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From Undocumented Immigrant To Business Owner: Meet Luis Carlos Serapio

headshot of serapio
Courtesy of Luis Carlos Serapio

Luis Carlos Serapio crossed the border from Mexico as an undocumented immigrant in the early 1990s. He was looking for a better life. He moved around, from Los Angeles to San Francisco to Utah, and then to the East Coast. After visiting Asheville for a wedding, he and his first wife fell in love with the city. They soon decided to take a leap of faith and just move there.

Serapio got his green card, and he and his wife started a business in downtown Asheville selling furniture and home decor from around the world. After the recession hit, Serapio closed the business and became a court interpreter. He also created Descubre Asheville, a bilingual website dedicated to advertising the businesses of Asheville to the larger Latinx community.

sticker that displays the asheville skyline and reads 'because diversity is the spice of life'
Credit Courtesy of Luis Carlos Serapio

Host Frank Stasio talks to Serapio about his journey to the U.S and how Serapio hopes Descubre Asheville can change what he calls the common perception of Latinx people as construction and service workers.

Interview Highlights

On his mother’s encouragement that he go out and see the world:
She always wanted to travel. She always felt like she had very limited opportunities because she was a woman ... She would push me and would tell me that I was her only son and would try to push me to do things that she had dreamed of and she couldn't do.

On crossing the border as an undocumented immigrant:
The night that I crossed the border it felt like it was in a football game, and when I say football game really I'm talking about American football … They had the guys that stop you, and you have the guys that will need to make it to the other side. And then it was very lit. There was a lot of light. There was a helicopter with the light on people, and there were immigration officers in blazers, four wheelers. I don't remember what else, but for a kid like me that was not scary. That was exciting.

On seeing Disneyland for the first time:
My welcoming to America was the sight of Disneyland … So I see this sign of Disneyland, and I just thought it was exciting because my dad always tried to take my oldest sister and me there, and that was kind of like a dream come true to see it. But then here I am in this car, and then I see that the driver is making a joint, and he's also putting cocaine in it. And I only know this because I can hear them talking, and they're speaking Spanish, and that was scary … And that's when I started realizing how dangerous that was.

On what surprised him when he got to Los Angeles:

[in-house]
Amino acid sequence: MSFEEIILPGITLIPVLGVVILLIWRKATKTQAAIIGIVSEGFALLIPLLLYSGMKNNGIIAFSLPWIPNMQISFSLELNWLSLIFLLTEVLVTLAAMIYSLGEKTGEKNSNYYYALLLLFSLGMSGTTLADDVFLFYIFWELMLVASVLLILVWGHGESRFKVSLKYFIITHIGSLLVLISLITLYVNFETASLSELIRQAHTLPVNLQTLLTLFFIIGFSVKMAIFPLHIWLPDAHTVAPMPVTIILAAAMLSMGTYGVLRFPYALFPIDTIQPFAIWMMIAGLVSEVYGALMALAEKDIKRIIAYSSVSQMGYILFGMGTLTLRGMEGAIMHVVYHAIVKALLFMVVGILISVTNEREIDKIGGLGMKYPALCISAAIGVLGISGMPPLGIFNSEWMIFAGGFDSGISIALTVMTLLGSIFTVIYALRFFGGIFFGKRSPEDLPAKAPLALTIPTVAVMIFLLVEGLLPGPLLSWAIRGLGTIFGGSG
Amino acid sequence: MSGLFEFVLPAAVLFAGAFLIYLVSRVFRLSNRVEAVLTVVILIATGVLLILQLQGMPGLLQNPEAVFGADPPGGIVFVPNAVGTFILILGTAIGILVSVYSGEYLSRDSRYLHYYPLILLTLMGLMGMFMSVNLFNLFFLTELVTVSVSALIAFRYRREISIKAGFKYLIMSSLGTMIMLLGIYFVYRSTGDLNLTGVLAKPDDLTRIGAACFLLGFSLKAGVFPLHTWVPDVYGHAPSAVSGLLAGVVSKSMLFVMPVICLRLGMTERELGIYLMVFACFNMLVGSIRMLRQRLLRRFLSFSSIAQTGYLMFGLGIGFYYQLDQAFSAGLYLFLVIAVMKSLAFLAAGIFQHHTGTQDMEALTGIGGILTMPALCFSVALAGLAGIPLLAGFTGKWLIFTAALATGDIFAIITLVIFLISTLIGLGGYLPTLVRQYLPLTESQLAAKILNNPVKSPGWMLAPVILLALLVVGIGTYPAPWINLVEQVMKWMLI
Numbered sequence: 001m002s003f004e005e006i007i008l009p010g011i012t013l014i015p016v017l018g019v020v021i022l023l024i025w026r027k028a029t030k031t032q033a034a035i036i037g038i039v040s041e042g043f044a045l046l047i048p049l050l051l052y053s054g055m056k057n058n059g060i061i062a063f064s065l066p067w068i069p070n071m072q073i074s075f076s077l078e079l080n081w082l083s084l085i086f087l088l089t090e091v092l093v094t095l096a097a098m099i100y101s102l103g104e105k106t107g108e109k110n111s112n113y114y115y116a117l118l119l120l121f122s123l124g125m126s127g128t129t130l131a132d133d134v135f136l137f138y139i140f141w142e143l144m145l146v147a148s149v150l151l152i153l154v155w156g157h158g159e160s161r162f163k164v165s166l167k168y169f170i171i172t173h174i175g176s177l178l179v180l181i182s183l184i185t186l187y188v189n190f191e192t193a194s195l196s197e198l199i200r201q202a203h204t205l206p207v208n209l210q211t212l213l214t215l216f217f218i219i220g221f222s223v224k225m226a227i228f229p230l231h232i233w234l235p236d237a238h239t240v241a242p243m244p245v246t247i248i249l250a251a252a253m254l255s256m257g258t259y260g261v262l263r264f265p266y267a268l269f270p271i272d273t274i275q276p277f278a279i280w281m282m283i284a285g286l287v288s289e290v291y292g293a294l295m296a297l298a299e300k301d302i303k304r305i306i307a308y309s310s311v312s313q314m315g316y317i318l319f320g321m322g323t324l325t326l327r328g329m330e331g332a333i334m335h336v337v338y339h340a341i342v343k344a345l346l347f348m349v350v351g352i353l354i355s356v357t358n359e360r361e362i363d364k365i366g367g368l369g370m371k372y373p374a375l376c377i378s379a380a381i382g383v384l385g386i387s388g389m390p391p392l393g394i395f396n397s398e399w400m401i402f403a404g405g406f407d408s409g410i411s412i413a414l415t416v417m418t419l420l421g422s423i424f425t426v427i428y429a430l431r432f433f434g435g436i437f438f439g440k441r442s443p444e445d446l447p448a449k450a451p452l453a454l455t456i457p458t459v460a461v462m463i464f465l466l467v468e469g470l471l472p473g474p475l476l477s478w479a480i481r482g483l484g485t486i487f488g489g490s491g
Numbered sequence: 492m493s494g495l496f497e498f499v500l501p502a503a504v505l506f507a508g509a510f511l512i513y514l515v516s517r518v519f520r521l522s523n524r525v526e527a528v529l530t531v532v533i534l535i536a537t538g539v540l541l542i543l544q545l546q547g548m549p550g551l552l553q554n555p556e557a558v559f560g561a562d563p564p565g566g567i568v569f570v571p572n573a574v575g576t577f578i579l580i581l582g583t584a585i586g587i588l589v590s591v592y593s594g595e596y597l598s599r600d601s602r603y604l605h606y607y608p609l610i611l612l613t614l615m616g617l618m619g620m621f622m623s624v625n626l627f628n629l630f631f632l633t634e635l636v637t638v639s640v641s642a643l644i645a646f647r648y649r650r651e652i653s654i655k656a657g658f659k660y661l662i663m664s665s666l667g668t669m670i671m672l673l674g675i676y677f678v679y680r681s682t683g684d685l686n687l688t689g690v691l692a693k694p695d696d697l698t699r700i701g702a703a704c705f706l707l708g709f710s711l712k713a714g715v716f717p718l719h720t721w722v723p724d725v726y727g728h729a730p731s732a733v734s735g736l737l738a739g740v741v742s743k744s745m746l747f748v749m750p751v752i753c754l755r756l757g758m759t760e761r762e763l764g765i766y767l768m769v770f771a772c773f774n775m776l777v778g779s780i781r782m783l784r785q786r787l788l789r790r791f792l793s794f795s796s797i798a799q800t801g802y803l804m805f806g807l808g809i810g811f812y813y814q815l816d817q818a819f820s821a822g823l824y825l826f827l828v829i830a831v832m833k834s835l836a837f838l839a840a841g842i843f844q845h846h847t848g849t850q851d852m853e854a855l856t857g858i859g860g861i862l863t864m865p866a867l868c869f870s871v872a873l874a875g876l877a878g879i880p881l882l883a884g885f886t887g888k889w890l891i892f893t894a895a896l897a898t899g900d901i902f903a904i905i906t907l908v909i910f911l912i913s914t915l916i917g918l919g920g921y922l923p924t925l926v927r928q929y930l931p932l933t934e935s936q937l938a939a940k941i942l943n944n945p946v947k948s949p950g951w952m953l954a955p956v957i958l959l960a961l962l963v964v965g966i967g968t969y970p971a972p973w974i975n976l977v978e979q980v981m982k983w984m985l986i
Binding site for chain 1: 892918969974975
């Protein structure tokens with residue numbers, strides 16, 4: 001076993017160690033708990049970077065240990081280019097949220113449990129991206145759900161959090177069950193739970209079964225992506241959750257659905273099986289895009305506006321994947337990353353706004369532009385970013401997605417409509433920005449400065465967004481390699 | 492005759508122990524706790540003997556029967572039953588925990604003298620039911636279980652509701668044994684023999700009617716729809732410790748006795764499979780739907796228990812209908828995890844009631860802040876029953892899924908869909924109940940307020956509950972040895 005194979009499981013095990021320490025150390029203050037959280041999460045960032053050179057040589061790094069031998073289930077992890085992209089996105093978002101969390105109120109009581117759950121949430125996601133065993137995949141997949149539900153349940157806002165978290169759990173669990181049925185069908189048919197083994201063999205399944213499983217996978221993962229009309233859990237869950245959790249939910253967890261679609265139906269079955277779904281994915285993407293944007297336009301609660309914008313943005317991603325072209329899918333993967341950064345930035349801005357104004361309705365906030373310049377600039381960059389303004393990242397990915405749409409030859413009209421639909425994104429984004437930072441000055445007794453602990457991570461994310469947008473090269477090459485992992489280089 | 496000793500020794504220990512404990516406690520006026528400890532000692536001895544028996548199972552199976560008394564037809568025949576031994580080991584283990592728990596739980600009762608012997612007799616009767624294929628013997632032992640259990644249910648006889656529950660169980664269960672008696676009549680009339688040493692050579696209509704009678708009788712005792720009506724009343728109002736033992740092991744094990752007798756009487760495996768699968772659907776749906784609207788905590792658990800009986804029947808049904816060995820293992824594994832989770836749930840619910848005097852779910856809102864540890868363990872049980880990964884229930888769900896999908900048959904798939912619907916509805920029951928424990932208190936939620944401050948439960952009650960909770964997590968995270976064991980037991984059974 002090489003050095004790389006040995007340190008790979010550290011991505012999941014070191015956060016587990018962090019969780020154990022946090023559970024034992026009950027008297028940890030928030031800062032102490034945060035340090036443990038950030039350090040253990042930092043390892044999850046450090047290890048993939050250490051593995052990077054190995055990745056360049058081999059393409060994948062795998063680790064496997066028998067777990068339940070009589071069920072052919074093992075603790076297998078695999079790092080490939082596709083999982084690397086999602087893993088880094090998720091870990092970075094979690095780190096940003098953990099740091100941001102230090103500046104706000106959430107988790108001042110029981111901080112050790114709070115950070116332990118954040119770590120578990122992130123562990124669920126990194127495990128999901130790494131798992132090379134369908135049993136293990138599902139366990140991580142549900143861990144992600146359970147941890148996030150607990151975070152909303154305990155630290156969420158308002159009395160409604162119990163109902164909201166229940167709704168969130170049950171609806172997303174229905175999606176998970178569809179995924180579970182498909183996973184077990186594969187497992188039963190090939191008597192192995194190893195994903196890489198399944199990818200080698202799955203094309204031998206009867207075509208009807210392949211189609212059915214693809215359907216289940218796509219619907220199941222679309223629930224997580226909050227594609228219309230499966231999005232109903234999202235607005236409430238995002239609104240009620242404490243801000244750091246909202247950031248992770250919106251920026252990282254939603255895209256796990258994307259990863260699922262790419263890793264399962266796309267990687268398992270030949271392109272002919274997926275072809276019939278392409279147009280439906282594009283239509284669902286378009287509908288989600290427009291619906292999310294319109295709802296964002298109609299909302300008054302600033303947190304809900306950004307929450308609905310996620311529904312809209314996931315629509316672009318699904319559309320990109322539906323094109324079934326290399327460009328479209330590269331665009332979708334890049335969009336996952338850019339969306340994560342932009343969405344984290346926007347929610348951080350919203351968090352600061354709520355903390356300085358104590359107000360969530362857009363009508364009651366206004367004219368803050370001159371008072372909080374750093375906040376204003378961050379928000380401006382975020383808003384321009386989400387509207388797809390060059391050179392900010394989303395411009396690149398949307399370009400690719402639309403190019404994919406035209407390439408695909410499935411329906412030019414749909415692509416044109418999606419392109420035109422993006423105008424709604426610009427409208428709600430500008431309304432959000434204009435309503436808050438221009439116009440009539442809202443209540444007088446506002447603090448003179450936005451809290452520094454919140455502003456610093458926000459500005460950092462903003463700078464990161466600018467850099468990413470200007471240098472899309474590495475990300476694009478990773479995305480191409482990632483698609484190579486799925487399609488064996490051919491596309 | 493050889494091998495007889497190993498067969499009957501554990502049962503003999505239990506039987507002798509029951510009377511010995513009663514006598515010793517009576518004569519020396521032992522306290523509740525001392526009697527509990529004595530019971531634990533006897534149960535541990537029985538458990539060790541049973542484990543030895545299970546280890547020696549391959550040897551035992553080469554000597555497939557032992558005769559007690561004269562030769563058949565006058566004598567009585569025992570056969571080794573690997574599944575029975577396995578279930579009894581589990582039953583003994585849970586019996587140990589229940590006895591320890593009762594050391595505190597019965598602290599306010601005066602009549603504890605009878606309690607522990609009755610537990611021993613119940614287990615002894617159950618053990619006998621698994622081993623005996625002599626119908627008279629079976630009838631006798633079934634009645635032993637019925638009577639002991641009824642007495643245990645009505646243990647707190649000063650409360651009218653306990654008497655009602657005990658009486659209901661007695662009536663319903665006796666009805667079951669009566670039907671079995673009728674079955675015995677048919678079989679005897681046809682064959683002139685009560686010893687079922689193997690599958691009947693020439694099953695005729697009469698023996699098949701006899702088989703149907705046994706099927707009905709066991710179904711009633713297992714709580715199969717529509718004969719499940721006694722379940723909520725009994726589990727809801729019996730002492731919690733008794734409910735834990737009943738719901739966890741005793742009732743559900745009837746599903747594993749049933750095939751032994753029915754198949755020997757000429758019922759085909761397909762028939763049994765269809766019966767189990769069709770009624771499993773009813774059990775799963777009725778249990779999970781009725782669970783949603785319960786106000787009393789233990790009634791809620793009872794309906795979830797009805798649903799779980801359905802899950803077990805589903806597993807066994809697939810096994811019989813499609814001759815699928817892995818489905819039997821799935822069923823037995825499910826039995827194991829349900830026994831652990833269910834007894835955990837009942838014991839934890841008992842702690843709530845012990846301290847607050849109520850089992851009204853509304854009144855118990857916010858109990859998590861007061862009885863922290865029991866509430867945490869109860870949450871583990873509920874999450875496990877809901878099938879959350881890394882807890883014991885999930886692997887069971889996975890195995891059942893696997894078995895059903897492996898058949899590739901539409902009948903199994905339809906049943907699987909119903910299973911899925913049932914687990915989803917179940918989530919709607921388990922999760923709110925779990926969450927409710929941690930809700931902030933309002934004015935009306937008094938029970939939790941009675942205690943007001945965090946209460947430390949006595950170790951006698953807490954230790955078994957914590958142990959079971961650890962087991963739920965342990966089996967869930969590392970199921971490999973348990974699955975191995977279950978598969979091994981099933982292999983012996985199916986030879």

What really was surprising to me is to see white people homeless. I had never seen a white person homeless in Mexico … [White people] usually hold a certain status in society in Mexico, and they are usually not poor. So to me to see a white person that was homeless was bizarre.

On applying for his green card after marrying his first wife:
It wasn't easy, and it wasn't fast like most people think. A lot of people think that when you marry an American citizen you by default you have some kind of a status that allows you to be here, which is a lie. That doesn't happen. I don't know when that happened, but it's an urban legend type of thing that is very rooted in the mentality of a lot of people.

[The main goal of Descubre Asheville] would be for people that are not Latinos, [for] American entrepreneurs, business owners, to realize how they are overlooking and underestimating a market that is very powerful. - Luis Carlos Serapio

Why he wanted to move to Asheville:
I like the energy. I like the people here. And also coming from New York, I was very amazed and surprised by the willingness of the people to be nice to each other. I remember really even before I moved,  I came from New York, and I didn't have a quarter for the parking meter, and somebody that saw me that I was looking for change [and] just gave me some quarters. And I just thought this would never happen in New York. So little things that made me want to be here, and the mountains are beautiful.

What companies who target the Latinx community with advertisements realize:
They understand that we are a powerful demographic and that we are more than just laborers or construction workers, or people that don't have the means to be able to have the purchasing power that everybody else has. So in other words, we come in different shapes and different jobs and different levels of education.



Amanda Magnus grew up in Maryland and went to high school in Baltimore. She became interested in radio after an elective course in the NYU journalism department. She got her start at Sirius XM Satellite Radio, but she knew public radio was for her when she interned at WNYC. She later moved to Madison, where she worked at Wisconsin Public Radio for six years. In her time there, she helped create an afternoon drive news magazine show, called Central Time. She also produced several series, including one on Native American life in Wisconsin. She spends her free time running, hiking, and roller skating. She also loves scary movies.
Longtime NPR correspondent Frank Stasio was named permanent host of The State of Things in June 2006. A native of Buffalo, Frank has been in radio since the age of 19. He began his public radio career at WOI in Ames, Iowa, where he was a magazine show anchor and the station's News Director.